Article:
Objectieve beoordeling van spraakproblemen bij sprekers met dysartrie

Translated title of the contribution: Objective assessment of speech problems in speakers with dysarthria

Frits Van Brenk

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Research and treatment of neurogenic speech disorders benefit from the use of reliable measurements and treatment methods. In recent years, new techniques and methods are developed that can support differential diagnosis, treatment, and progress monitoring of speech disorders. In the context of applying evidence-based practice in the SLT clinic, these objective measurement methods are more than welcome. This tutorial discusses a number of methods that are widely applicable and relatively easy to use. These methods are primarily focused on dysarthria, but could also be applied in the investigation of other language and speech disorders. In this tutorial, methodologies with regard to systematic and quasi-automatic measurement of intelligibility, speech rate, articulation rate, and maximum-performance tasks are discussed. Each of these methods may be carried out by speech therapists and researchers using readily available or open-source software. In addition, this article provides an overview of a number of recently developed experimental research methodologies measuring speech variability as a quantitative assessment of speech problems. A major problem in dysarthria is the precise control of speech movements. As such, measurements of variability and stability of speech are prime targets to study speech motor control in dysarthria. Although these research methodologies still need to work with respect to technical implementation and validity, they have the potential to be a valuable tool in the SLT clinic.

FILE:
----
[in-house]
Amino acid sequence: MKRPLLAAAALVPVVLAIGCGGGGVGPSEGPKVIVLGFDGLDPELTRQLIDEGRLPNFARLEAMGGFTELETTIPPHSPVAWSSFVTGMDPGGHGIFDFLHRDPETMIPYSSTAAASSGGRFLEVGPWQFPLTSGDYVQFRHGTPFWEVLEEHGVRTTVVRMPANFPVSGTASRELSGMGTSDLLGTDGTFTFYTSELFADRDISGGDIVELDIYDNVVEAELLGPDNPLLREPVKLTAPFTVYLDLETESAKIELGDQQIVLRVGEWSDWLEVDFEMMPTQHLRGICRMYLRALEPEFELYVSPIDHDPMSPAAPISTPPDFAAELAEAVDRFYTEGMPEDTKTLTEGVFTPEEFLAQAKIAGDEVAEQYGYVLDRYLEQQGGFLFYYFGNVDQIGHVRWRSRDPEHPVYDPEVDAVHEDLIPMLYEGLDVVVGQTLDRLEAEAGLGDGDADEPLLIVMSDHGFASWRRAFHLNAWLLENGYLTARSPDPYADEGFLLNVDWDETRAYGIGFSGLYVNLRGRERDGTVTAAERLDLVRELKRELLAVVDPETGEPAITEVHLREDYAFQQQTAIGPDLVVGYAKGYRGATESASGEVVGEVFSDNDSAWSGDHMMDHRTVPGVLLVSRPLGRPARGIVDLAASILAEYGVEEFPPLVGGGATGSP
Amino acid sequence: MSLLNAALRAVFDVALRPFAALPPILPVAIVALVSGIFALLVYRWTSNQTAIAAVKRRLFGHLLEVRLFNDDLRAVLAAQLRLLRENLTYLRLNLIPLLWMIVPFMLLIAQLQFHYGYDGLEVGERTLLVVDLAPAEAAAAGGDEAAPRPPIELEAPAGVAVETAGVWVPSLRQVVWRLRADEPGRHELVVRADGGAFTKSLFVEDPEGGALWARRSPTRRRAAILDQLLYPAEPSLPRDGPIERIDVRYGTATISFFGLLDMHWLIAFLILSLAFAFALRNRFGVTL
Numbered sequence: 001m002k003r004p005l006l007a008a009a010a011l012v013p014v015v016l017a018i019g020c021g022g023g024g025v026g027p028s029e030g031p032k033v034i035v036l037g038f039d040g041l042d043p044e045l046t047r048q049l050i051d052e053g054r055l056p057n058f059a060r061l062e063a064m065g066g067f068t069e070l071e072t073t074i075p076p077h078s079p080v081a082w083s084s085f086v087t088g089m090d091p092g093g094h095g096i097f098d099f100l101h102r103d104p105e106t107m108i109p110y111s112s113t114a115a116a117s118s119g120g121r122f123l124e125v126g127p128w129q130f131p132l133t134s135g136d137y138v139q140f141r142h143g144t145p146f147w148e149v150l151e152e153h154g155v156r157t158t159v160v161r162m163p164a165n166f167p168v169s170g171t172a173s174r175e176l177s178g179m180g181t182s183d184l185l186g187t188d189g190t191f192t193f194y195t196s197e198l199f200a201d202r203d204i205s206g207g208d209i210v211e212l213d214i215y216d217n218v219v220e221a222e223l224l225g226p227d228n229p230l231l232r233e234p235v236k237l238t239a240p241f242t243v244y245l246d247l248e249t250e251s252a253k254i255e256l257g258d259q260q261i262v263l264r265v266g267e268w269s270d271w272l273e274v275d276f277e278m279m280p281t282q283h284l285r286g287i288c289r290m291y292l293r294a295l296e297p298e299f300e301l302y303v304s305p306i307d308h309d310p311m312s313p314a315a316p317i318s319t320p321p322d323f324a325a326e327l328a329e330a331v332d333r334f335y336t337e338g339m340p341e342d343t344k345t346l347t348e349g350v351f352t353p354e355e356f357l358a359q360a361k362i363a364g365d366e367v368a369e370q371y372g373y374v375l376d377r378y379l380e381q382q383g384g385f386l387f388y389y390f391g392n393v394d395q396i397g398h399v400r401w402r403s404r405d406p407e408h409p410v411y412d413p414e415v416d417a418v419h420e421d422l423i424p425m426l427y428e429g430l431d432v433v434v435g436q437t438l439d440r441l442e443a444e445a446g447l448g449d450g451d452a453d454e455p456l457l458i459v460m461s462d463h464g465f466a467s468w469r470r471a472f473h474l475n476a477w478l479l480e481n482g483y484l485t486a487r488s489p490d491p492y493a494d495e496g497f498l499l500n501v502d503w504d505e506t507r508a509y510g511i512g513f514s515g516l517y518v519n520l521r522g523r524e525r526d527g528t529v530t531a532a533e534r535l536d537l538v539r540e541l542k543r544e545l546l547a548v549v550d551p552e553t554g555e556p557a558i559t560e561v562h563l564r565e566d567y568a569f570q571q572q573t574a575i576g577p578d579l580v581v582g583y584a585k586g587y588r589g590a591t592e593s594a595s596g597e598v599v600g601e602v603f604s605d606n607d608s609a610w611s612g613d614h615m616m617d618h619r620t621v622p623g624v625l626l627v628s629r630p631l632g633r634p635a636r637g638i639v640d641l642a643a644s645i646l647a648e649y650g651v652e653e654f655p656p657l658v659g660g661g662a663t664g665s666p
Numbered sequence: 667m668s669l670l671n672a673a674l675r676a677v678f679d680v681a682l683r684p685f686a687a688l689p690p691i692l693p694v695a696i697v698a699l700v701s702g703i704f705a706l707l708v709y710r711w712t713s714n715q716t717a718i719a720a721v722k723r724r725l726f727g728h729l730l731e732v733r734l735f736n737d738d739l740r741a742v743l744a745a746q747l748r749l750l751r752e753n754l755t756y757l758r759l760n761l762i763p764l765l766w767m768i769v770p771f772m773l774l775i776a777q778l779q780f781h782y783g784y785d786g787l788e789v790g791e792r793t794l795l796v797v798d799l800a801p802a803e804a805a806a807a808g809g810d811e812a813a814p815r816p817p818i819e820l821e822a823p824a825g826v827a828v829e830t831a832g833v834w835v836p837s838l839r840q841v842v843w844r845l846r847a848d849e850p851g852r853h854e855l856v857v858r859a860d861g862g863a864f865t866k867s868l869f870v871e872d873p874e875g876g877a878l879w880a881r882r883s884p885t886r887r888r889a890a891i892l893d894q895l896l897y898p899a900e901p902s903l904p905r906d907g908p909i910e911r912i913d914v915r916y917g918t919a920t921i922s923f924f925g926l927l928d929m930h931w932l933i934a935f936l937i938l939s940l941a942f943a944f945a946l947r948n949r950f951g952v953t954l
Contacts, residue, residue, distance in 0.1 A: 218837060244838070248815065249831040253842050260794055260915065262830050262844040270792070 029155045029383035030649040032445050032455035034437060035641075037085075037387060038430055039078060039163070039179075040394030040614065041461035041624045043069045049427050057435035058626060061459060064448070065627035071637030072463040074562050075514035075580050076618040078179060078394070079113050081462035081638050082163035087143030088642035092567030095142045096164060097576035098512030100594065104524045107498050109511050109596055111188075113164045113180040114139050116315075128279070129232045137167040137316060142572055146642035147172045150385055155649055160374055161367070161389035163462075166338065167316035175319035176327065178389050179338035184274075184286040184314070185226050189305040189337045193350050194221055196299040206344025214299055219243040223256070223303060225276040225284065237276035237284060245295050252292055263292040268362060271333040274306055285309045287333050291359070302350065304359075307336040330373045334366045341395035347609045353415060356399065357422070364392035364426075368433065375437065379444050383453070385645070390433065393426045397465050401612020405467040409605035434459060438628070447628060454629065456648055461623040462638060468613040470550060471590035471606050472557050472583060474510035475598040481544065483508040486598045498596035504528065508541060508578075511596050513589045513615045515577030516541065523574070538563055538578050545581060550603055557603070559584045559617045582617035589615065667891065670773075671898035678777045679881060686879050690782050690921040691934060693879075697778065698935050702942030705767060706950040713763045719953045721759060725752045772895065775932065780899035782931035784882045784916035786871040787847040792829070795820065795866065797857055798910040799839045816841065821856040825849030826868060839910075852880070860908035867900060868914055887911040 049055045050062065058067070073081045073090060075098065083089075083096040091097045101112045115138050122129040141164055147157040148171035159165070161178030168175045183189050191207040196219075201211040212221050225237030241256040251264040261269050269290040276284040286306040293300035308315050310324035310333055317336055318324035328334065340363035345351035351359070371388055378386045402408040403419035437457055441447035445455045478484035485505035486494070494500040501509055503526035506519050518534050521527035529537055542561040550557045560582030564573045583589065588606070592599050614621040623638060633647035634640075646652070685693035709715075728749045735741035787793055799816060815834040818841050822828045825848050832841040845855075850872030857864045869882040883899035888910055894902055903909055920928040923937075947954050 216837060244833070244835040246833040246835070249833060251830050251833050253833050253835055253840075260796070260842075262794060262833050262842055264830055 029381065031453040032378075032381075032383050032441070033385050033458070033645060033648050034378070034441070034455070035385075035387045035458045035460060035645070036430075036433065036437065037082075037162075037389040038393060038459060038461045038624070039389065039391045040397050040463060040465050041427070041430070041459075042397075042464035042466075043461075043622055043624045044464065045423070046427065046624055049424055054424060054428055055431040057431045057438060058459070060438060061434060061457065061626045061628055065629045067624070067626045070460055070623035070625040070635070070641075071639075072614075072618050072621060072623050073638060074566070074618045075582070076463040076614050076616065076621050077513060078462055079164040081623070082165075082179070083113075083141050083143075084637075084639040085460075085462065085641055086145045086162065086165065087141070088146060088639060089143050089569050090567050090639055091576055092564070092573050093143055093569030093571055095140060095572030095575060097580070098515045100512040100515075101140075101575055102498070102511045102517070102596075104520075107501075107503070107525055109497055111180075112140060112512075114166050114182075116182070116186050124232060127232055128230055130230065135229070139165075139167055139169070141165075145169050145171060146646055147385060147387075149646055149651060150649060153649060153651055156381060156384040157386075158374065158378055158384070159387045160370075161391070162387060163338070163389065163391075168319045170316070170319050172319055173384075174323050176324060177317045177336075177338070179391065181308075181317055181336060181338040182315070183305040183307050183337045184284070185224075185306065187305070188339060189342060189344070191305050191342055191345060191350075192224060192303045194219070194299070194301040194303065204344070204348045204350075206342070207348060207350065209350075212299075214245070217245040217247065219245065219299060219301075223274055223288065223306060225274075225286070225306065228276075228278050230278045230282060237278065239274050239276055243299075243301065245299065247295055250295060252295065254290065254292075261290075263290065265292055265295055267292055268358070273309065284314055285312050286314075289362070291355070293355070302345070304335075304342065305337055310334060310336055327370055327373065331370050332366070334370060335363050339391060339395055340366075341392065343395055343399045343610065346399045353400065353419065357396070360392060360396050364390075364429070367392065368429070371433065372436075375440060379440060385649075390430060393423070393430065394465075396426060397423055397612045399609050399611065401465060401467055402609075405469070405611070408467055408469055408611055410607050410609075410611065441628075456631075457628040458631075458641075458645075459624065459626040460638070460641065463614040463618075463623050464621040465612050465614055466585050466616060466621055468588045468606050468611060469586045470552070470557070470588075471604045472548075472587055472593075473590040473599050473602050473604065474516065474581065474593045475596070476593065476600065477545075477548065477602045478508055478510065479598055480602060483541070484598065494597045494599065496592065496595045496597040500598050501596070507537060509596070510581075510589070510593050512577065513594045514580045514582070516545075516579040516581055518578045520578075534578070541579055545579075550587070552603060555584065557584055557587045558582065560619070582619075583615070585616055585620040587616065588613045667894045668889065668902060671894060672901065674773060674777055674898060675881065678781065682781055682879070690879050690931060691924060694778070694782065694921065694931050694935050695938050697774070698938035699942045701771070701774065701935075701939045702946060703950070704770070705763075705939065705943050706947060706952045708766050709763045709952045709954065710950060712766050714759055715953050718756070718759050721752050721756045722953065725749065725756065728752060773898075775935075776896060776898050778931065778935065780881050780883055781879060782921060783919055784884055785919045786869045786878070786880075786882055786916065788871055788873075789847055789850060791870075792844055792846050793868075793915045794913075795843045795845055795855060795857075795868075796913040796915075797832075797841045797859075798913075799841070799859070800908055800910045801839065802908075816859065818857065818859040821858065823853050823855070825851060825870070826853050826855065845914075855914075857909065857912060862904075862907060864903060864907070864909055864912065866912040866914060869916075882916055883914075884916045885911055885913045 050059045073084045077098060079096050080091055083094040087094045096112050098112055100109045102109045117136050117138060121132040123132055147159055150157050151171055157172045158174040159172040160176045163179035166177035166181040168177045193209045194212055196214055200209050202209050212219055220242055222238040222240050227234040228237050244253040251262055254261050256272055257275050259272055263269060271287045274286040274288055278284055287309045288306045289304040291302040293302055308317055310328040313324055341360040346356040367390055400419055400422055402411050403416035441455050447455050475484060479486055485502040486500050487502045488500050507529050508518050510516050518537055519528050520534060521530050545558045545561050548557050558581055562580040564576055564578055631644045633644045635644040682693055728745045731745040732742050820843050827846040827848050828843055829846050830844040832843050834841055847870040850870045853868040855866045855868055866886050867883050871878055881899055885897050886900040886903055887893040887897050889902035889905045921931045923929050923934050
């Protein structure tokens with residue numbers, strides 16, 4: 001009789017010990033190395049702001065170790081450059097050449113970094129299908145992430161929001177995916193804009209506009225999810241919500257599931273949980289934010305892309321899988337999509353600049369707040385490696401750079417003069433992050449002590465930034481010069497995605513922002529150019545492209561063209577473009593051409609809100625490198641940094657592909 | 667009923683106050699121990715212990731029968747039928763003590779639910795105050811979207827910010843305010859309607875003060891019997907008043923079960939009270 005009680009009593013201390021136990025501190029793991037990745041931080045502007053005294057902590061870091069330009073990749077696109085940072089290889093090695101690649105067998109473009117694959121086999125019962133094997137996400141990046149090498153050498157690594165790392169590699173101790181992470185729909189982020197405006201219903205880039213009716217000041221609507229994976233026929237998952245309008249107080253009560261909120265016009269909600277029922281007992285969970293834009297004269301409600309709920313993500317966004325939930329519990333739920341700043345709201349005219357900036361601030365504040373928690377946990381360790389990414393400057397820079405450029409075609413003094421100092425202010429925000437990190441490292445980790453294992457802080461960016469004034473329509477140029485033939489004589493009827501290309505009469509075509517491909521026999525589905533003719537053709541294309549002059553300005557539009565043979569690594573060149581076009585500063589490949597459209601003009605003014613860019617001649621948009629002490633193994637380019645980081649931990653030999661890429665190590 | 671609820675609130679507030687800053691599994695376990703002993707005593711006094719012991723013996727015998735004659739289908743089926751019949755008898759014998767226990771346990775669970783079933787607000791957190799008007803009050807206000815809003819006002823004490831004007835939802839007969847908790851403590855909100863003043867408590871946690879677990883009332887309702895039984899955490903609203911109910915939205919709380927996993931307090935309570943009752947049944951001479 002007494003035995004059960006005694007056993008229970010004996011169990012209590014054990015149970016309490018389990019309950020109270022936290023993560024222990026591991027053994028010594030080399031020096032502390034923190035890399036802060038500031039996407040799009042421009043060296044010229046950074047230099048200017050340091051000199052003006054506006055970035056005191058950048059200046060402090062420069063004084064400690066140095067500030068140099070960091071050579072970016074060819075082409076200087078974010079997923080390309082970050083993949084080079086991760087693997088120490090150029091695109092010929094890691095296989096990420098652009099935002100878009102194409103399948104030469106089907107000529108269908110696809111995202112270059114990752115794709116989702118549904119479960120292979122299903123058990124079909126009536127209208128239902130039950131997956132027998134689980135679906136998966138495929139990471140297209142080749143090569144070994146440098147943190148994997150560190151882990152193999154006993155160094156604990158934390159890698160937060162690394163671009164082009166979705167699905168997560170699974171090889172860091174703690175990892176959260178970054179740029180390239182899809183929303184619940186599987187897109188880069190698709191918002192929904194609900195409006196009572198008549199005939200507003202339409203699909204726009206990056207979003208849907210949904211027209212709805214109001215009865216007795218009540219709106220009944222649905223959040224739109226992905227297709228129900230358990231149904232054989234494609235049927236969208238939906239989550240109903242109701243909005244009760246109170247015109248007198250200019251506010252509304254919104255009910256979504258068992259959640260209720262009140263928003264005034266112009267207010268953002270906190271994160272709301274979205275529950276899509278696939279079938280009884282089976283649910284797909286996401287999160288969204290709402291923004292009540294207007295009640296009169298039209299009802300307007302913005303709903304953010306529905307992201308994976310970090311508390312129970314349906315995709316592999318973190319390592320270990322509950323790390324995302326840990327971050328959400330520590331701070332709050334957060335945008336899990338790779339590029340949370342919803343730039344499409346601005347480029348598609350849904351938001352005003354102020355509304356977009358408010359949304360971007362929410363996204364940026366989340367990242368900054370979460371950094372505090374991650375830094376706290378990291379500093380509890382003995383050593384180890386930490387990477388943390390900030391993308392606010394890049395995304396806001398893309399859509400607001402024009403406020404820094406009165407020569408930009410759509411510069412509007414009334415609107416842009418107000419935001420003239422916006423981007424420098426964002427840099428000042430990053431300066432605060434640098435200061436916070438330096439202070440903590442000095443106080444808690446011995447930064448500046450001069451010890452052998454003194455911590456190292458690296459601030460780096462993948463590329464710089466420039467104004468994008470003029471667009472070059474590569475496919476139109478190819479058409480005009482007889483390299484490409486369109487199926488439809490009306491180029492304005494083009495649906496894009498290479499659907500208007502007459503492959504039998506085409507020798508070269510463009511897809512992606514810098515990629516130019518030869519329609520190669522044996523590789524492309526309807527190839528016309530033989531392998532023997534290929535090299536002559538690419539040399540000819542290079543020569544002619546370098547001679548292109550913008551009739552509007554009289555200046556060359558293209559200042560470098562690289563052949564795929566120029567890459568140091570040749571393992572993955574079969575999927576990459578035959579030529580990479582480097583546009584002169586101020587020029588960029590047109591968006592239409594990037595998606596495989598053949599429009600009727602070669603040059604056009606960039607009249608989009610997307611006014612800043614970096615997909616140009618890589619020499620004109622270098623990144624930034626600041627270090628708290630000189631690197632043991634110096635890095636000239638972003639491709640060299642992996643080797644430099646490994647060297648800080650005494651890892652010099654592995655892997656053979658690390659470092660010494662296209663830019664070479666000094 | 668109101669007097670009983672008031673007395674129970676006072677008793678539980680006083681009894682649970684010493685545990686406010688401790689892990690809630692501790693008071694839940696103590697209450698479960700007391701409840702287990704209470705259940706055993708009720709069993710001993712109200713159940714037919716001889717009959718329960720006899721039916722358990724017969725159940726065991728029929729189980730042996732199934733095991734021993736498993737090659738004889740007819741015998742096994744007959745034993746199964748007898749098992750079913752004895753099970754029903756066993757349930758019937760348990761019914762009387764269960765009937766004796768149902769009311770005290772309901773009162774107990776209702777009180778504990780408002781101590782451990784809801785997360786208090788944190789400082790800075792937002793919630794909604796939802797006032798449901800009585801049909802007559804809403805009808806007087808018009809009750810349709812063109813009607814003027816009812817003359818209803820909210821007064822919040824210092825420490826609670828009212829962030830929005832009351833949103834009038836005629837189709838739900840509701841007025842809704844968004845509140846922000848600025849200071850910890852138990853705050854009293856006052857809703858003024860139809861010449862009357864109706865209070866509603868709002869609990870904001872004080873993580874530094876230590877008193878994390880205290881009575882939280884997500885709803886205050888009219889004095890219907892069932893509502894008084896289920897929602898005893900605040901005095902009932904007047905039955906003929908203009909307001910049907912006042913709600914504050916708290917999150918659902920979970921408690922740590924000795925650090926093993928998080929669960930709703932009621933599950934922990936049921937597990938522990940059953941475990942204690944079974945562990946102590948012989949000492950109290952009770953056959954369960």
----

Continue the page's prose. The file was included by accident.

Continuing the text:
Translated title of the contributionObjective assessment of speech problems in speakers with dysarthria
Original languageOther
Pages (from-to)94-119
Number of pages26
JournalStem-, Spraak- en Taalpathologie
Publication statusPublished - 19 Apr 2015


  • neurogenic speech disorders
  • speech disorders
  • speech disorder management
  • dysarthiria
  • speech motor control


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